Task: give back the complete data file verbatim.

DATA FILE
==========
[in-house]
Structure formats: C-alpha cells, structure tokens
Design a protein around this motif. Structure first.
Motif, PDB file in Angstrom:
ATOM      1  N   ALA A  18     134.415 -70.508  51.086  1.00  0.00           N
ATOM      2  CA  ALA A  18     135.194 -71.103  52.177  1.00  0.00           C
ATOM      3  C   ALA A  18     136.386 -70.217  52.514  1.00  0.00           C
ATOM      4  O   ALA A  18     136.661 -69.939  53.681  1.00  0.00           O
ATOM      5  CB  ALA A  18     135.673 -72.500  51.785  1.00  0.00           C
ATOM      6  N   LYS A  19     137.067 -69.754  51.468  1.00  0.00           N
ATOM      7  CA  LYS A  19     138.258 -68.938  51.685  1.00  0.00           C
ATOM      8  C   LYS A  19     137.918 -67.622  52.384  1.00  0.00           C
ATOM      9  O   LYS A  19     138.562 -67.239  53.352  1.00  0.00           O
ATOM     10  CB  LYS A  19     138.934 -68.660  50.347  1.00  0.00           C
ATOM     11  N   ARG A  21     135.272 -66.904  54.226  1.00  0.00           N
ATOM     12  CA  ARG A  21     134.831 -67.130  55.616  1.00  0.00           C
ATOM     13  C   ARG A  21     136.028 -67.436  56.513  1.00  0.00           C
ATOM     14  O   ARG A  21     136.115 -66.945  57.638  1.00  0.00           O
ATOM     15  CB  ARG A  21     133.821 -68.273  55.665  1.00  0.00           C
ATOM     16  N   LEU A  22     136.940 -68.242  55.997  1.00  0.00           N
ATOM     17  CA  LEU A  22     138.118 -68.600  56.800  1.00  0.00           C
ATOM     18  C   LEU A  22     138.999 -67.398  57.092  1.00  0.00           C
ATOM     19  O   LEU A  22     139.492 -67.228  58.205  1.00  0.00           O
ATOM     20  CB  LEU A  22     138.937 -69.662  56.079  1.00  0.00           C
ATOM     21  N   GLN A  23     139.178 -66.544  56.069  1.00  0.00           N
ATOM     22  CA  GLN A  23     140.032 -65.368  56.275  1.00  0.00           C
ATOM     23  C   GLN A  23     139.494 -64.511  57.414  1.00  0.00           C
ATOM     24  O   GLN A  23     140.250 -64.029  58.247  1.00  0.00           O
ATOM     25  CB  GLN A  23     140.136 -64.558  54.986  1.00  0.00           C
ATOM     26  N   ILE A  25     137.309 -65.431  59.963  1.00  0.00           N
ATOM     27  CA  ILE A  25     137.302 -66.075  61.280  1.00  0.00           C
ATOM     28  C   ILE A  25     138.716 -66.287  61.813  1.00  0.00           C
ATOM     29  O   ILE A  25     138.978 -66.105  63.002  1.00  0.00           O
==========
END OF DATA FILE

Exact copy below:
[in-house]
Structure formats: C-alpha cells, structure tokens
Design a protein around this motif. Structure first.
Motif, PDB file in Angstrom:
ATOM      1  N   ALA A  18     134.415 -70.508  51.086  1.00  0.00           N
ATOM      2  CA  ALA A  18     135.194 -71.103  52.177  1.00  0.00           C
ATOM      3  C   ALA A  18     136.386 -70.217  52.514  1.00  0.00           C
ATOM      4  O   ALA A  18     136.661 -69.939  53.681  1.00  0.00           O
ATOM      5  CB  ALA A  18     135.673 -72.500  51.785  1.00  0.00           C
ATOM      6  N   LYS A  19     137.067 -69.754  51.468  1.00  0.00           N
ATOM      7  CA  LYS A  19     138.258 -68.938  51.685  1.00  0.00           C
ATOM      8  C   LYS A  19     137.918 -67.622  52.384  1.00  0.00           C
ATOM      9  O   LYS A  19     138.562 -67.239  53.352  1.00  0.00           O
ATOM     10  CB  LYS A  19     138.934 -68.660  50.347  1.00  0.00           C
ATOM     11  N   ARG A  21     135.272 -66.904  54.226  1.00  0.00           N
ATOM     12  CA  ARG A  21     134.831 -67.130  55.616  1.00  0.00           C
ATOM     13  C   ARG A  21     136.028 -67.436  56.513  1.00  0.00           C
ATOM     14  O   ARG A  21     136.115 -66.945  57.638  1.00  0.00           O
ATOM     15  CB  ARG A  21     133.821 -68.273  55.665  1.00  0.00           C
ATOM     16  N   LEU A  22     136.940 -68.242  55.997  1.00  0.00           N
ATOM     17  CA  LEU A  22     138.118 -68.600  56.800  1.00  0.00           C
ATOM     18  C   LEU A  22     138.999 -67.398  57.092  1.00  0.00           C
ATOM     19  O   LEU A  22     139.492 -67.228  58.205  1.00  0.00           O
ATOM     20  CB  LEU A  22     138.937 -69.662  56.079  1.00  0.00           C
ATOM     21  N   GLN A  23     139.178 -66.544  56.069  1.00  0.00           N
ATOM     22  CA  GLN A  23     140.032 -65.368  56.275  1.00  0.00           C
ATOM     23  C   GLN A  23     139.494 -64.511  57.414  1.00  0.00           C
ATOM     24  O   GLN A  23     140.250 -64.029  58.247  1.00  0.00           O
ATOM     25  CB  GLN A  23     140.136 -64.558  54.986  1.00  0.00           C
ATOM     26  N   ILE A  25     137.309 -65.431  59.963  1.00  0.00           N
ATOM     27  CA  ILE A  25     137.302 -66.075  61.280  1.00  0.00           C
ATOM     28  C   ILE A  25     138.716 -66.287  61.813  1.00  0.00           C
ATOM     29  O   ILE A  25     138.978 -66.105  63.002  1.00  0.00           O